In return for this, greater creative opportunities are permitted for allied intellectuals, much more than what the boys of the Ideological Department of the PCC (Cuban Communist Party) would have tolerated had this pact not existed. This is the positive side of the matter.
But in all cases — and this is the gist of the pact — intellectuals know that they cannot try to extend their meager privileges to the rest of the society. This pact presumes their consensual castration.
It’s not necessarily assumed as such. A fringe element of these intellectuals who are guided by opportunist motivations obviously exists: the “suck ups,” a few millionaires and others who don’t have the slightest sense of decency.
But there also exists a fringe of honest people for whom that castration is understood and explained as a compromise beyond the historic and patriotic conjunctures. They affirm to want to do what in fact they’re compelled to do.
I want to emphasize that I’m not speaking here of the intellectual hordes of regime-hugging “Communists,” a type of well-paid vulgarity in the little worlds of the ultra-right of which we’re so tired and that leads nowhere.
Although in Cuba there’s nothing that can be called communist, though there do indeed exist unpresentable pro-government hordes that throw stones and posts; but I’m not talking about them. I’m speaking about — and I repeat — those honest intellectuals of daily life in Cuba; those who accept the status quo but try to change things from the inside, believing that to be a better approach.
I recognize that it’s a contradictory situation, one that from my point of view implies complicities of high ethical costs, but one that legitimately exists.
Back to Pablo
Bringing the discussion back to the point where it started, I believe that Pablo’s letter — contradictory and from a certain angle, also accomplice — is situated in this realm. Let’s not forget that Pablo Milanes is not supporting the Ladies in White because of their struggles for the exercise of human rights, instead he’s condemning the terrible repression they suffer. We can’t forget that though he doesn’t consider Cuba’s leaders gods, he affirms that he respects them and is not in disagreement with them.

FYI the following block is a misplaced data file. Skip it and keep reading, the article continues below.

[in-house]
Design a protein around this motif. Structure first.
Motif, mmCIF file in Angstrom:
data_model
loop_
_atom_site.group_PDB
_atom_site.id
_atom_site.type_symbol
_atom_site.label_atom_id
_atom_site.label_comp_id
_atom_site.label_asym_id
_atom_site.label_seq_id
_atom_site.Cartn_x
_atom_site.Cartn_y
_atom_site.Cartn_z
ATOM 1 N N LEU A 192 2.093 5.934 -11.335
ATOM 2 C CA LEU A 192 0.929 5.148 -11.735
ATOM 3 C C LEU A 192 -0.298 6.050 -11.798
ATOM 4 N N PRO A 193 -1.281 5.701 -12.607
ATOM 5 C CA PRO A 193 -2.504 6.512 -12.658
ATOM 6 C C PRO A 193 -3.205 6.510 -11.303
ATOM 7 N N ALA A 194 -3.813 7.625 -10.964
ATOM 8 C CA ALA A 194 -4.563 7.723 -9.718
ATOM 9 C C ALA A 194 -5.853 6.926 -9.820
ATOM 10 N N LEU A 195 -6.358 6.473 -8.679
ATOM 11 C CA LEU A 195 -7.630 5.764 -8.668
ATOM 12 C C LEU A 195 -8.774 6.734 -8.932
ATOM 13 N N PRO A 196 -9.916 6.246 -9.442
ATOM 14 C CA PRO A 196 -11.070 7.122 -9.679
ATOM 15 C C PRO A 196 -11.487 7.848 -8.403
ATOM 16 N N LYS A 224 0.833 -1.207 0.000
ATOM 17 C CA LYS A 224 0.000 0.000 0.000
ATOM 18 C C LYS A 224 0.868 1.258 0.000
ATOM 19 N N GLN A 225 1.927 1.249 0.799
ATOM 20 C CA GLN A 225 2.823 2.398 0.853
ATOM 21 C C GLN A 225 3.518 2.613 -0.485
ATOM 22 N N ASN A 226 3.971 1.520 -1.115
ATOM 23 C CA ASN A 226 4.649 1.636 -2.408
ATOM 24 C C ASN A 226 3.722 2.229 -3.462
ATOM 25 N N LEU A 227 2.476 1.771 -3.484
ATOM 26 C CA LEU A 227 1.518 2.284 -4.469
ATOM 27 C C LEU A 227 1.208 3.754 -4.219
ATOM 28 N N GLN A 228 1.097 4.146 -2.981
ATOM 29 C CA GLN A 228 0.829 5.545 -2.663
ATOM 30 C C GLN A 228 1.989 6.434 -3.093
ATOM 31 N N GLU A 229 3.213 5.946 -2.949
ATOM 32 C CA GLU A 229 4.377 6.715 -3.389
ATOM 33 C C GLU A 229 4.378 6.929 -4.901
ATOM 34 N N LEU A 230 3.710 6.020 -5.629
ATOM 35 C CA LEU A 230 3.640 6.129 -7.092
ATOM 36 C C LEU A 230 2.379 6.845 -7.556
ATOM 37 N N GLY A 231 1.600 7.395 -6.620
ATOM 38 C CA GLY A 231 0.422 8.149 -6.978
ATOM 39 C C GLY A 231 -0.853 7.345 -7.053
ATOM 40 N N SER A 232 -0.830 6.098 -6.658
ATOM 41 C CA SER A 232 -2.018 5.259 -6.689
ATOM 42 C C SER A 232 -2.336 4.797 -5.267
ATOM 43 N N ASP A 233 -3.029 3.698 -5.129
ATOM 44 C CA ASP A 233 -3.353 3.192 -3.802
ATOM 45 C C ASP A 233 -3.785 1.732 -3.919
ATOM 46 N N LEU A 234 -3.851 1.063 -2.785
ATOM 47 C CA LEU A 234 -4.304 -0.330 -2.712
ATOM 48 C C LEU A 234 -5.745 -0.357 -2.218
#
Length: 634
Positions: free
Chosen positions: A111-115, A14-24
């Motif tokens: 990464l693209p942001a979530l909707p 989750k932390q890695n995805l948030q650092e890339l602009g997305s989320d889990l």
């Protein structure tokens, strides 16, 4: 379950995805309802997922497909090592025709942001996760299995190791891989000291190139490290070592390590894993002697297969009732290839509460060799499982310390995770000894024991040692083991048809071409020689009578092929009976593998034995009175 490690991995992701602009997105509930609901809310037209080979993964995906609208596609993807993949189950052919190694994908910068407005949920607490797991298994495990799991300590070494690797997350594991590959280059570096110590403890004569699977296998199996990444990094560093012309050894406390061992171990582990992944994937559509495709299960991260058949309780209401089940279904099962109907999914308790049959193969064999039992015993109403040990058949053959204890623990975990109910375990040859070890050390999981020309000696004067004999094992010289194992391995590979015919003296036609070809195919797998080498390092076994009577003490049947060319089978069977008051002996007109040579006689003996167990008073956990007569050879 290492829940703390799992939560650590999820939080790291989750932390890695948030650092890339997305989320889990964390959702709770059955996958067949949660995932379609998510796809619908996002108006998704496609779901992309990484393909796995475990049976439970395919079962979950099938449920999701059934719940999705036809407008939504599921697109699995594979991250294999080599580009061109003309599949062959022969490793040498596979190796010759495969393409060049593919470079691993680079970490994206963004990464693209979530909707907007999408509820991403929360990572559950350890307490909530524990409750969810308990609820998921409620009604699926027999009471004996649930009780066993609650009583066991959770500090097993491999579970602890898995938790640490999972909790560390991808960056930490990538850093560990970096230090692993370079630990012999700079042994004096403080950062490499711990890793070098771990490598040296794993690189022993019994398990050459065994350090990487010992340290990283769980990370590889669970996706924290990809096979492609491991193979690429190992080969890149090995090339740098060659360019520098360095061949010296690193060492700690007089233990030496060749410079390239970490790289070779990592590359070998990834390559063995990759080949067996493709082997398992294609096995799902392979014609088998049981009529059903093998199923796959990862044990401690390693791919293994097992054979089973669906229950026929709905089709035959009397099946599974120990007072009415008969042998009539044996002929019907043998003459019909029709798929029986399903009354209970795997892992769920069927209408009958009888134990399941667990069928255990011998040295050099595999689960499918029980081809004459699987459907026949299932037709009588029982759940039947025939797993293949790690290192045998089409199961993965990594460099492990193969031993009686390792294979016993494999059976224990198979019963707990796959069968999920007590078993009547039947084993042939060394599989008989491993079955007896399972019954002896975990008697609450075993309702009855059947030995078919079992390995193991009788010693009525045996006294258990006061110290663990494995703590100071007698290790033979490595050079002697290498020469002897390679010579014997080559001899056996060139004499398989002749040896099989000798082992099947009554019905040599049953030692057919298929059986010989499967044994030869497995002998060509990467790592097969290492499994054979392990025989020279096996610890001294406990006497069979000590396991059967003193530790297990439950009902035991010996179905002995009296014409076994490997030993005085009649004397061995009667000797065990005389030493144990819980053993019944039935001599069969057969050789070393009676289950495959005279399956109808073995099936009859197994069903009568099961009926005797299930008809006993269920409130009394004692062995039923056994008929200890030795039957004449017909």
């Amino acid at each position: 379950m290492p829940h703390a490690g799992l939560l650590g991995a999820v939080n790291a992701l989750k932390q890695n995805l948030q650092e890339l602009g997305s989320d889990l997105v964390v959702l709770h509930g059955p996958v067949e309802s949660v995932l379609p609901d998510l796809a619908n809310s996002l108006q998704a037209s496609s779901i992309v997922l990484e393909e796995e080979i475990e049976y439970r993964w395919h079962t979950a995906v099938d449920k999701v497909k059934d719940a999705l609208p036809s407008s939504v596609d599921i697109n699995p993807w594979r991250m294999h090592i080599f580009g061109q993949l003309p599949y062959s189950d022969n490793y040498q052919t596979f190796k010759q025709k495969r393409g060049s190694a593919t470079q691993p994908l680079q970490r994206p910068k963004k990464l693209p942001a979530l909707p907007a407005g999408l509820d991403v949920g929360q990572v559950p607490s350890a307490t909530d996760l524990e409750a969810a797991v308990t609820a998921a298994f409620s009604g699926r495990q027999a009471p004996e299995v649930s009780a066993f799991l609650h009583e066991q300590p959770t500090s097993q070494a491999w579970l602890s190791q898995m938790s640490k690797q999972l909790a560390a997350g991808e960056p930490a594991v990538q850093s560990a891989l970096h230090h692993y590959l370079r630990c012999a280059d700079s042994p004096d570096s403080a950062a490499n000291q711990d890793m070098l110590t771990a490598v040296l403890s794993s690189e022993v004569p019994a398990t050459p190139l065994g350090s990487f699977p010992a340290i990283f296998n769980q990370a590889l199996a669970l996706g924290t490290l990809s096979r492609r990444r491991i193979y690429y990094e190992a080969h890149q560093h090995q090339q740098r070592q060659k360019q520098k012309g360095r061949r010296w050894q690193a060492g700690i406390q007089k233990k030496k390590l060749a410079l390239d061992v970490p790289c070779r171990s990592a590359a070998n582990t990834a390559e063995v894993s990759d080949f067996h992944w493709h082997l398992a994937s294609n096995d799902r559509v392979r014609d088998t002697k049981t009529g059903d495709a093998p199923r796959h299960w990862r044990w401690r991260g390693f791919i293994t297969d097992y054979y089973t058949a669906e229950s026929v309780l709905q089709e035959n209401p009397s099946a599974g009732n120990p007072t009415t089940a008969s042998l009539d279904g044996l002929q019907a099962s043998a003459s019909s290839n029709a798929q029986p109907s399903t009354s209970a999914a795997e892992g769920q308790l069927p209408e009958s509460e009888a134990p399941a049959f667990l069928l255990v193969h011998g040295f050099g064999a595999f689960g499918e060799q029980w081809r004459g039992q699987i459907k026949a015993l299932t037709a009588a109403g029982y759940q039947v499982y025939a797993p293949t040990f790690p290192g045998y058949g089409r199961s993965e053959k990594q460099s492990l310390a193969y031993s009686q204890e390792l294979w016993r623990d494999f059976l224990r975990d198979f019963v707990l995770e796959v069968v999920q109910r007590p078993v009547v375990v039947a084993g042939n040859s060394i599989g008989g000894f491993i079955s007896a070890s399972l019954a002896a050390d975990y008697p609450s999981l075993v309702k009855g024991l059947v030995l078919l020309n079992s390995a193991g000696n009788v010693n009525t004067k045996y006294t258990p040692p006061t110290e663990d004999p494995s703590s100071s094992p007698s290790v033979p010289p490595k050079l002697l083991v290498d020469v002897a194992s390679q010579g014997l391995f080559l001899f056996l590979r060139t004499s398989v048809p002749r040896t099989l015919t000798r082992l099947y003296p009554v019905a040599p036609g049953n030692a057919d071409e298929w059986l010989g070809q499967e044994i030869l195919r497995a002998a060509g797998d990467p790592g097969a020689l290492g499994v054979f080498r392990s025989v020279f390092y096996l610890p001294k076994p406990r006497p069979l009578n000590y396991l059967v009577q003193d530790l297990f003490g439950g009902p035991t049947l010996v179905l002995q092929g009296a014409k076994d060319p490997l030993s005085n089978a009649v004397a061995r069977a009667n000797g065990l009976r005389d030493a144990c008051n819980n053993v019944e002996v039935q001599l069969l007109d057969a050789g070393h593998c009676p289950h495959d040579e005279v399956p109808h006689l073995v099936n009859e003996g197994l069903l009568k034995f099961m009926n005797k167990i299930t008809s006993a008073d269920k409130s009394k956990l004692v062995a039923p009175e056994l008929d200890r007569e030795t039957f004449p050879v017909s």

The visit of Pablo Milanes to Miami has demonstrated that the world changes, even there. I saw it as positive that along the path to the stage, the presence of certain Cuban-Americans politicians, individuals who up until quite recently would have been bulldozing [Pablo’s] CDs on Calle 8 but who are today extending a hand to this singer-songwriter, stealing a few minutes of fame.
But in what the visit of Pablo Milanes to Miami concerns Cuba (which is in fact what interests me most), his previous statements and now his letter are parts of the process of change that Cuban society is experiencing.
The protector state is disappearing and along with it the leaders who sparked the imagination of an entire society and who retained the loyalty of a good part of that nation even after their own imaginations petered out
That’s why so many reasons for fear are appearing on the part of the Cuban leaders, be it a particularly hot blog, a music festival on the beach, youths organizing a forum in a park without requesting permission, the Ladies in White parading with their invincible fragilities or the women of Cuartro Caminos furiously beating their empty pans – or now Pablo Milanes, with this letter that should be congratulated.
I hope that all of us, along with “querido Pablo,” continue listening to him sing, and fortunately continue “poniendonos viejos” (getting older).
A Havana Times translation of the original posted in Spanish by Cubaencuentro.